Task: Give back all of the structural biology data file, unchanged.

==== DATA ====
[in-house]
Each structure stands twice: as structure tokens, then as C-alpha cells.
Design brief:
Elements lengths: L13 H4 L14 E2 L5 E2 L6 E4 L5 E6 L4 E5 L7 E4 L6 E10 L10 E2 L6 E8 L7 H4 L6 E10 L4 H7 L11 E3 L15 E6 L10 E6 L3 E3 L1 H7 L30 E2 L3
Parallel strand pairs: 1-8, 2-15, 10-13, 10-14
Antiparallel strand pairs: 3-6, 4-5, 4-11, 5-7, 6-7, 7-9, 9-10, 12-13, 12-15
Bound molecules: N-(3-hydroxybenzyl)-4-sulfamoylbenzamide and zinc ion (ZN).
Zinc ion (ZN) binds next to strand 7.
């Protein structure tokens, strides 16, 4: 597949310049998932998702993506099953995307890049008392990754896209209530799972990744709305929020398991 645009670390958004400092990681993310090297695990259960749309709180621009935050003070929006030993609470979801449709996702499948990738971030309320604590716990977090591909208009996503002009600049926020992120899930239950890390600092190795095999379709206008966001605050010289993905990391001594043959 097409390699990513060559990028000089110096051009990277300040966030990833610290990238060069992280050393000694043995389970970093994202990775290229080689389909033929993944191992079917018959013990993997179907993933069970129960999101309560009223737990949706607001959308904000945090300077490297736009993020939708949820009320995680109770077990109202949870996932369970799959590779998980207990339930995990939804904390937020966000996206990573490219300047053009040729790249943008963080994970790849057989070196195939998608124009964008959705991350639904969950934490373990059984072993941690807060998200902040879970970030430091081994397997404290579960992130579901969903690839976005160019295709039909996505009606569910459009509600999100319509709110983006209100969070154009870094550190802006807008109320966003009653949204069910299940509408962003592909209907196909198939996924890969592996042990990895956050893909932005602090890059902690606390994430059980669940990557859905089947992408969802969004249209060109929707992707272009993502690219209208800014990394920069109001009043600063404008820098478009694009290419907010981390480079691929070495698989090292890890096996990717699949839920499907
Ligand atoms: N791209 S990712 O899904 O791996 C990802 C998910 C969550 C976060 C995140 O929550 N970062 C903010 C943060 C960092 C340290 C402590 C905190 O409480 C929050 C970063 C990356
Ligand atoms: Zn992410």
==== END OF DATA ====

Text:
[in-house]
Each structure stands twice: as structure tokens, then as C-alpha cells.
Design brief:
Elements lengths: L13 H4 L14 E2 L5 E2 L6 E4 L5 E6 L4 E5 L7 E4 L6 E10 L10 E2 L6 E8 L7 H4 L6 E10 L4 H7 L11 E3 L15 E6 L10 E6 L3 E3 L1 H7 L30 E2 L3
Parallel strand pairs: 1-8, 2-15, 10-13, 10-14
Antiparallel strand pairs: 3-6, 4-5, 4-11, 5-7, 6-7, 7-9, 9-10, 12-13, 12-15
Bound molecules: N-(3-hydroxybenzyl)-4-sulfamoylbenzamide and zinc ion (ZN).
Zinc ion (ZN) binds next to strand 7.
């Protein structure tokens, strides 16, 4: 597949310049998932998702993506099953995307890049008392990754896209209530799972990744709305929020398991 645009670390958004400092990681993310090297695990259960749309709180621009935050003070929006030993609470979801449709996702499948990738971030309320604590716990977090591909208009996503002009600049926020992120899930239950890390600092190795095999379709206008966001605050010289993905990391001594043959 097409390699990513060559990028000089110096051009990277300040966030990833610290990238060069992280050393000694043995389970970093994202990775290229080689389909033929993944191992079917018959013990993997179907993933069970129960999101309560009223737990949706607001959308904000945090300077490297736009993020939708949820009320995680109770077990109202949870996932369970799959590779998980207990339930995990939804904390937020966000996206990573490219300047053009040729790249943008963080994970790849057989070196195939998608124009964008959705991350639904969950934490373990059984072993941690807060998200902040879970970030430091081994397997404290579960992130579901969903690839976005160019295709039909996505009606569910459009509600999100319509709110983006209100969070154009870094550190802006807008109320966003009653949204069910299940509408962003592909209907196909198939996924890969592996042990990895956050893909932005602090890059902690606390994430059980669940990557859905089947992408969802969004249209060109929707992707272009993502690219209208800014990394920069109001009043600063404008820098478009694009290419907010981390480079691929070495698989090292890890096996990717699949839920499907
Ligand atoms: N791209 S990712 O899904 O791996 C990802 C998910 C969550 C976060 C995140 O929550 N970062 C903010 C943060 C960092 C340290 C402590 C905190 O409480 C929050 C970063 C990356
Ligand atoms: Zn992410």